NEW DELHI: A freedom fighter or a tyrant? Noted historians believe he was neither.
But many of them do agree that the 18th-century Mysore ruler stands in history as a symbol of resistance to British colonial expansion.
A raging debate on Tipu Sultan’s legacy has sparked a war of words between the ruling Congress and the Opposition BJP in Karnataka.
The saffron party has opposed the Congress government’s plans for ‘Tipu Jayanti’ celebrations on his birth anniversary on November 10.
While a section of the BJP sees him as a “religious bigot” and a “brutal killer”, some Congress leaders have hailed him as a freedom fighter.
Eminent historian Irfan Habib said that it would be “unfair” to dub Tipu Sultan a tyrant and said he was “certainly a very important figure in the Indian resistance to Britain”.
However, he felt the term freedom fighter was not applicable to him because Tipu did not revolt against anyone but was defending his kingdom and resisting colonialism.
“If Indians want to celebrate the anti-colonial struggle then they must celebrate Tipu Sultan,” said Habib, who has edited two books on the ruler – ‘State and Diplomacy Under Tipu Sultan: Documents and Essays’ and ‘Confronting Colonialism: Resistance and Modernisation Under Haidar Ali and Tipu Sultan’.
On Tipu being called a “mass rapist” and a “brutal killer”, he said, “That kind of attack on his character was not even made by the British”.
Lauding Tipu Sultan’s contribution, the Professor (Emeritus) of the Aligarh Muslim University said the erstwhile ruler of Mysore not only fought the British but also inflicted “one of the greatest disasters” on the British armed forces as a general.
He also hailed Tipu for the “remarkable achievements” of building a modern army, manufacturing modern weapons and giving economic development priority among other forward-looking measures.
Asked if he persecuted minorities such as Hindus and Christians, Habib said, “It is true that in suppressing two rebellions in Coorg and in Malabar, when he took prisoners, he converted them to Islam rather than killing them”.
However, he pointed out, it must also be remembered that Tipu Sultan made grants to Hindu temples and had a Hindu prime minister, Purnaiah.
‘Context is important’
Rohit Wanchoo, the head of the history department at Delhi’s St Stephen’s College, and Tasneem Suhrawardy, an associate professor of history at the college, described Tipu as an important figure in the resistance to British expansion in south India.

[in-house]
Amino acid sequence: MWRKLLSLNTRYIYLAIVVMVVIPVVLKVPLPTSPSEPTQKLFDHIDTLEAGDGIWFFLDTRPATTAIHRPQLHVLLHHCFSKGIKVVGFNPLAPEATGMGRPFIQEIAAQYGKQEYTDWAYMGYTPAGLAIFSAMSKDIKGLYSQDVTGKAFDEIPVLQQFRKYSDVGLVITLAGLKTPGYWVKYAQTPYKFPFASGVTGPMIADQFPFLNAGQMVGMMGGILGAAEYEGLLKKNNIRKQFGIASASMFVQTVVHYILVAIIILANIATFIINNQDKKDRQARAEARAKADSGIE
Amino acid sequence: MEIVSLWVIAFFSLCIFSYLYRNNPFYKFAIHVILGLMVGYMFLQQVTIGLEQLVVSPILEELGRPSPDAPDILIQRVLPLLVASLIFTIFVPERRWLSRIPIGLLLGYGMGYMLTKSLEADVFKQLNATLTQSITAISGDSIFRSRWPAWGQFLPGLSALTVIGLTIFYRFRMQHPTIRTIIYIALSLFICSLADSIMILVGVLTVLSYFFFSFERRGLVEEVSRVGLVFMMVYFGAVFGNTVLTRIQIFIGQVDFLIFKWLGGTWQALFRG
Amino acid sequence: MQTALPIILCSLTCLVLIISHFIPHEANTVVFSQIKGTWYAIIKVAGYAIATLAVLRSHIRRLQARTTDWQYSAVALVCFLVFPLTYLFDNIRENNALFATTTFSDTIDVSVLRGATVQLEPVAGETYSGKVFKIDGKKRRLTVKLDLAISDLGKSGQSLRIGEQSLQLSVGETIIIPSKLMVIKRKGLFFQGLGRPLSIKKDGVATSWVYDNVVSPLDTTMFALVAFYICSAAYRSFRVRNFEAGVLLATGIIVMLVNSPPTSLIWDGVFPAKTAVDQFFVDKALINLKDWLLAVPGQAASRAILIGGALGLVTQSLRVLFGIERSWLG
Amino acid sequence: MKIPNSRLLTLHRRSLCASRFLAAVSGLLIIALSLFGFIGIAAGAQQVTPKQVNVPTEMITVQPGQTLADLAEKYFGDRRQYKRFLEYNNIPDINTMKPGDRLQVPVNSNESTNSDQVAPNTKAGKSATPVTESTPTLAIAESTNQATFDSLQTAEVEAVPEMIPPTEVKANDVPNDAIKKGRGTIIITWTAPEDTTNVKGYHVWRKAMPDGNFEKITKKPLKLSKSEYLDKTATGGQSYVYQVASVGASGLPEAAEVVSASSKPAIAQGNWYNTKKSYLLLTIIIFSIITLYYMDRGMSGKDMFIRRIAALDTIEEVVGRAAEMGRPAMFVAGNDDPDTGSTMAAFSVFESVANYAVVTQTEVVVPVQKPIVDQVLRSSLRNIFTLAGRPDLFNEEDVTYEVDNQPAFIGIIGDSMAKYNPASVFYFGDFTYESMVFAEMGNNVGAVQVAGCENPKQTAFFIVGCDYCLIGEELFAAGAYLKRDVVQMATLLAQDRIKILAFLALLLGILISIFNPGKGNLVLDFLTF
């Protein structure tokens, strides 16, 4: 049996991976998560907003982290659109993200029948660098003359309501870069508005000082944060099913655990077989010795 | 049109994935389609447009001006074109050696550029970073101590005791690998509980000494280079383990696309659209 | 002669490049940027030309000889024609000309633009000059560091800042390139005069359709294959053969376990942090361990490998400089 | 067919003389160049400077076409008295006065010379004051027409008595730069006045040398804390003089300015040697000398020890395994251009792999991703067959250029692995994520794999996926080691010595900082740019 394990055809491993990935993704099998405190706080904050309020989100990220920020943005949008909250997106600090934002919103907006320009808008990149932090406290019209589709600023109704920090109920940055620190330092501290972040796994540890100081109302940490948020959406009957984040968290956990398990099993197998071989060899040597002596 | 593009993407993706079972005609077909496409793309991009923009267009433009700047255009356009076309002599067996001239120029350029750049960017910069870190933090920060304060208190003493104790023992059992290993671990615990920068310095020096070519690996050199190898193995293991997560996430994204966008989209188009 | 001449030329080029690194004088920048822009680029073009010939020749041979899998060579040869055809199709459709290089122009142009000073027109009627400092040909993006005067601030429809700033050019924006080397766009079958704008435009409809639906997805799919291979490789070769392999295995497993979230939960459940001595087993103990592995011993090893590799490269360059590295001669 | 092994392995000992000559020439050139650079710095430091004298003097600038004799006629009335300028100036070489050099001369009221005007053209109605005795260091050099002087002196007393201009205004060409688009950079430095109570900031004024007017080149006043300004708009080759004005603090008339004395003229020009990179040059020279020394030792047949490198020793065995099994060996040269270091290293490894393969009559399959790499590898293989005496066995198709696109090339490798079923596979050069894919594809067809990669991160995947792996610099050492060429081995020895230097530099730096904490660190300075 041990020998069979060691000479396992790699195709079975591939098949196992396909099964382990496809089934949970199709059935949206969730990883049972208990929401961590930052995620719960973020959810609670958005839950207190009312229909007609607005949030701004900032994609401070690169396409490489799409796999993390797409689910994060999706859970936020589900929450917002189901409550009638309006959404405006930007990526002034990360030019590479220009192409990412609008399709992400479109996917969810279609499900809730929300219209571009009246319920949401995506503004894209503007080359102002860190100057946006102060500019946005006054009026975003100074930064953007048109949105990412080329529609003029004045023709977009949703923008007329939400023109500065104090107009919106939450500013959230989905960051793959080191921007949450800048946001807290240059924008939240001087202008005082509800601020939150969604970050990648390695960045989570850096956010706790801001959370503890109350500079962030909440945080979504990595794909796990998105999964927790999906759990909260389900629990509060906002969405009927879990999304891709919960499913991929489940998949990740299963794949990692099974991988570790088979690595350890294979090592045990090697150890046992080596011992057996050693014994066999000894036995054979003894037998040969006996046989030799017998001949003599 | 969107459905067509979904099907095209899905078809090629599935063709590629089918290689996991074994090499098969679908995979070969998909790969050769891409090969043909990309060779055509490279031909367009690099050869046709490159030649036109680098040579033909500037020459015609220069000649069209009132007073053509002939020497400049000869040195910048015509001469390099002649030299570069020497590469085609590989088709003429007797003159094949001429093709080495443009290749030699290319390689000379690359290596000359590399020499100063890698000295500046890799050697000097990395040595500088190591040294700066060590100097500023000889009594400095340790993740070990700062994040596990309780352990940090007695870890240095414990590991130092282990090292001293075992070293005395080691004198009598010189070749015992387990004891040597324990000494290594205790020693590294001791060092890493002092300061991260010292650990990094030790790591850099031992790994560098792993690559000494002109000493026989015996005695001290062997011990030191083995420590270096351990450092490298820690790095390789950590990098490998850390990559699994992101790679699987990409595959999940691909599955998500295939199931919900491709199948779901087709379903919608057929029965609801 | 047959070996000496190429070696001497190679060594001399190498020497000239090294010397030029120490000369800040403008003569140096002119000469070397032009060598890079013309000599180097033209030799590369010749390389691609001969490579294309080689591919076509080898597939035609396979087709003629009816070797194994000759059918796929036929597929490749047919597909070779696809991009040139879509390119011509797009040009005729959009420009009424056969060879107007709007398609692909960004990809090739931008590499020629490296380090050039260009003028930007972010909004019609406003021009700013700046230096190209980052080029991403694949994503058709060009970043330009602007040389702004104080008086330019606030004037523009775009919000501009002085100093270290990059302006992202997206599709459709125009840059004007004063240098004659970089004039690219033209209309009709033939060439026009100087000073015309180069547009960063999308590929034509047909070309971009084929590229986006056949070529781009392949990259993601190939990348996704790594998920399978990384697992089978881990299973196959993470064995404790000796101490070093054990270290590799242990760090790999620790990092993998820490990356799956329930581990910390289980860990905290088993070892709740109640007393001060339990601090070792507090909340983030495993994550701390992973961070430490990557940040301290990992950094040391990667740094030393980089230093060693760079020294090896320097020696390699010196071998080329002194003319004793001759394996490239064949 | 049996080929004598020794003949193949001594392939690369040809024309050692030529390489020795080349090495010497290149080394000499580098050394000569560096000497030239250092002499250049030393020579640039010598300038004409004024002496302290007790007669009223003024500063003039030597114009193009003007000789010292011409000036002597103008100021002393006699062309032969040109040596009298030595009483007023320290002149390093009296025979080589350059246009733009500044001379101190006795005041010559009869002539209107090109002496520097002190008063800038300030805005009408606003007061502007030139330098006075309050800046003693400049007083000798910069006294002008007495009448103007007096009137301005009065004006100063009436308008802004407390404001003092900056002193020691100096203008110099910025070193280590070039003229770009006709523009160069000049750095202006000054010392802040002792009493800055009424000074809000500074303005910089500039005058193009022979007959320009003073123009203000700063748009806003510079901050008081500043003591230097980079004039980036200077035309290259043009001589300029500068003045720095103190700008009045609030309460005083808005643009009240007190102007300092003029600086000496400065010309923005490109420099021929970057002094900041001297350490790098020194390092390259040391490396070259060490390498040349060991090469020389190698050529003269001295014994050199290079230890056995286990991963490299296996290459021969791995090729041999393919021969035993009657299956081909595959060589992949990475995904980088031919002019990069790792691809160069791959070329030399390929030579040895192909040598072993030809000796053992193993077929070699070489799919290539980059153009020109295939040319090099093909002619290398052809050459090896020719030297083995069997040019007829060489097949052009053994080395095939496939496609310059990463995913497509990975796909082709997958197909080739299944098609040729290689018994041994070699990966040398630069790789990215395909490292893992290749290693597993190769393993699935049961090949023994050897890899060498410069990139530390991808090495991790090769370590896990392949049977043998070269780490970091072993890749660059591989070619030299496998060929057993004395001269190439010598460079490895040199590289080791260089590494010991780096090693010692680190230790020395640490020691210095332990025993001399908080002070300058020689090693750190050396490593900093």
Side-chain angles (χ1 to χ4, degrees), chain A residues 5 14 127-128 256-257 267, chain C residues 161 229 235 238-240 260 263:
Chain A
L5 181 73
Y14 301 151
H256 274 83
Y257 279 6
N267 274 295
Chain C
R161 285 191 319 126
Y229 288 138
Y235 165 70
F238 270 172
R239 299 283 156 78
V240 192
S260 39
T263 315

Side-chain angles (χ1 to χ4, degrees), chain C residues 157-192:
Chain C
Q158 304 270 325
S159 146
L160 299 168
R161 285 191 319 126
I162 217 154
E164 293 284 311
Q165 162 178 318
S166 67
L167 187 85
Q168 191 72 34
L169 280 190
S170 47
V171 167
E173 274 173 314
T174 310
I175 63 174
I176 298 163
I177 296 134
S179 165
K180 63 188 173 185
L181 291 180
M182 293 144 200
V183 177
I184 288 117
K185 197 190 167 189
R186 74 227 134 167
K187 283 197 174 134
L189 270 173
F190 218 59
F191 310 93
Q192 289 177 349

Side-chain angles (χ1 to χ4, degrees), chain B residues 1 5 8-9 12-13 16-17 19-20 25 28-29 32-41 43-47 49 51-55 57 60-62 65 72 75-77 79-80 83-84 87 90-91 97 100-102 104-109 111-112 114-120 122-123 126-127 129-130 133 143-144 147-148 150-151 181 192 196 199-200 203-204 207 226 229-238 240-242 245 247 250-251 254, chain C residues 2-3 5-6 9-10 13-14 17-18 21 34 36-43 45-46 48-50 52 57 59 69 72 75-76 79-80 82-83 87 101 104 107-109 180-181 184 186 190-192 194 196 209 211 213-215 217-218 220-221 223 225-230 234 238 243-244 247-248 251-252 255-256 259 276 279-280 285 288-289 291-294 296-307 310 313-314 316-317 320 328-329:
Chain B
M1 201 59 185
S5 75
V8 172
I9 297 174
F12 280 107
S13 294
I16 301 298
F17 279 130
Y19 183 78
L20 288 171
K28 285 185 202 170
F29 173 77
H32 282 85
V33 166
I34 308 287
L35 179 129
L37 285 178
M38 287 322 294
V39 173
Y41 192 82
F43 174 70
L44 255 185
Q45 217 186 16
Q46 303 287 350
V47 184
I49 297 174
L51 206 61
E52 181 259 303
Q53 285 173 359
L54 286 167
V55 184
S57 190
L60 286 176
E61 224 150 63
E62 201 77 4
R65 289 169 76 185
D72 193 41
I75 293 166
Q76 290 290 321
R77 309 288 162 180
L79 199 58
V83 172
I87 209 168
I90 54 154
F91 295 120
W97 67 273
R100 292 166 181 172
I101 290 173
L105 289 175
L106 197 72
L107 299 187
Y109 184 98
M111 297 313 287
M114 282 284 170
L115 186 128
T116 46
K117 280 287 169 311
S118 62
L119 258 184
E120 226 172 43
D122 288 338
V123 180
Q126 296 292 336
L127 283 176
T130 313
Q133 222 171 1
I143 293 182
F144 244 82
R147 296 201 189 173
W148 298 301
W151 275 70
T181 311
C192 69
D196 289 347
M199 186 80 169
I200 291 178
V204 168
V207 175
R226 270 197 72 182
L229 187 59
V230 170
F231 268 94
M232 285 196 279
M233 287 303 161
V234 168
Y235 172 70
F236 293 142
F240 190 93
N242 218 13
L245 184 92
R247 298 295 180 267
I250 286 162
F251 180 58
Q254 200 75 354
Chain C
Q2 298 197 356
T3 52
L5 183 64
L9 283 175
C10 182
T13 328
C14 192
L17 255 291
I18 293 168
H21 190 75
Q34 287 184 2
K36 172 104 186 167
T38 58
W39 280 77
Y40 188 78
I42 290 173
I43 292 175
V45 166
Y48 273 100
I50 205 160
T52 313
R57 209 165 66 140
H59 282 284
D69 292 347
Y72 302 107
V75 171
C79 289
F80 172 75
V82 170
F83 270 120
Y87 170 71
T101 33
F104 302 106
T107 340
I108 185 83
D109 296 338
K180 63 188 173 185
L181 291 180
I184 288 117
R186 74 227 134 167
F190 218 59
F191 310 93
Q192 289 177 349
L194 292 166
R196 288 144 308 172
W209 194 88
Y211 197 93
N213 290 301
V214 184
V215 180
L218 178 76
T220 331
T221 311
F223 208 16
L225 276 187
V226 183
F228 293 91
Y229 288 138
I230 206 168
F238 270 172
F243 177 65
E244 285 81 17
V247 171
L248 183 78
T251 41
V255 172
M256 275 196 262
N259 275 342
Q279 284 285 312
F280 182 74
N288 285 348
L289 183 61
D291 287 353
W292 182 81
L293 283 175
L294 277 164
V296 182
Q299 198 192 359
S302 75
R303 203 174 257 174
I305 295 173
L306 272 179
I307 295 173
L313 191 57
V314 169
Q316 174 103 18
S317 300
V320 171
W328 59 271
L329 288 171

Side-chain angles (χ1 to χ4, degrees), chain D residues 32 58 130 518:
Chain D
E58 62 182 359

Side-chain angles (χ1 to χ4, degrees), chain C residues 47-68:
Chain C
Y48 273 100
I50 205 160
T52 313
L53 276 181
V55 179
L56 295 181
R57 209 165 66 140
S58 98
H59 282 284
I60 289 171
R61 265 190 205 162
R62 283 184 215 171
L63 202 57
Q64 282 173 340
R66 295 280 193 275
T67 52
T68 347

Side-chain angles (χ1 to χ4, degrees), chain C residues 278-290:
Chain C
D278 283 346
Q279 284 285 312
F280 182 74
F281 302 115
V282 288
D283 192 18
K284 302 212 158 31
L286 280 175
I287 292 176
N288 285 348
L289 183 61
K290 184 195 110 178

There was no doubt that he played an important role in resisting the rise of British power, Wanchoo said.
“Why he fought, how he fought…what did he hope to achieve are larger and different questions,” he said.
Suhrawardy also opined that there was a “whole attempt of looking at history from a certain kind of perspective which is not historical. Everything is being looked at from a communal perspective”.
Nonica Datta, an associate professor at the Centre for Historical Studies, Jawaharlal Nehru University, said Tipu was “an inveterate foe” of the British.
He enlisted French support against the British, and his fighting spirit was such that Arthur Wellesley himself fought against him, she said.
However, Datta argued that Tipu Sultan was not a nationalist hero of his times, nor was he a tyrant.
“The images are constructed respectively by secular and Hindutva nationalisms,” she said, adding that 21st-century concerns could not be employed to understand a ruler and his times in 18th century south India.
“We need to rescue Tipu from nationalist imaginations and ideologies and understand him as a fine warrior and an astute ruler of his times,” Datta added.
Sandhya Sharma, an associate professor of history at Vivekananda College here, also believed Tipu Sultan had to be studied in the context of the period he lived in and contemporary ideas must not be applied to his actions.
Last week, President Ram Nath Kovind had hailed Tipu Sultan, saying he died a heroic death fighting the British.
Tipu was a ruler of the erstwhile kingdom of Mysore, who was considered an implacable enemy of the British East India Company. He was killed in May 1799 while defending his fort at Srirangapatna against the British forces.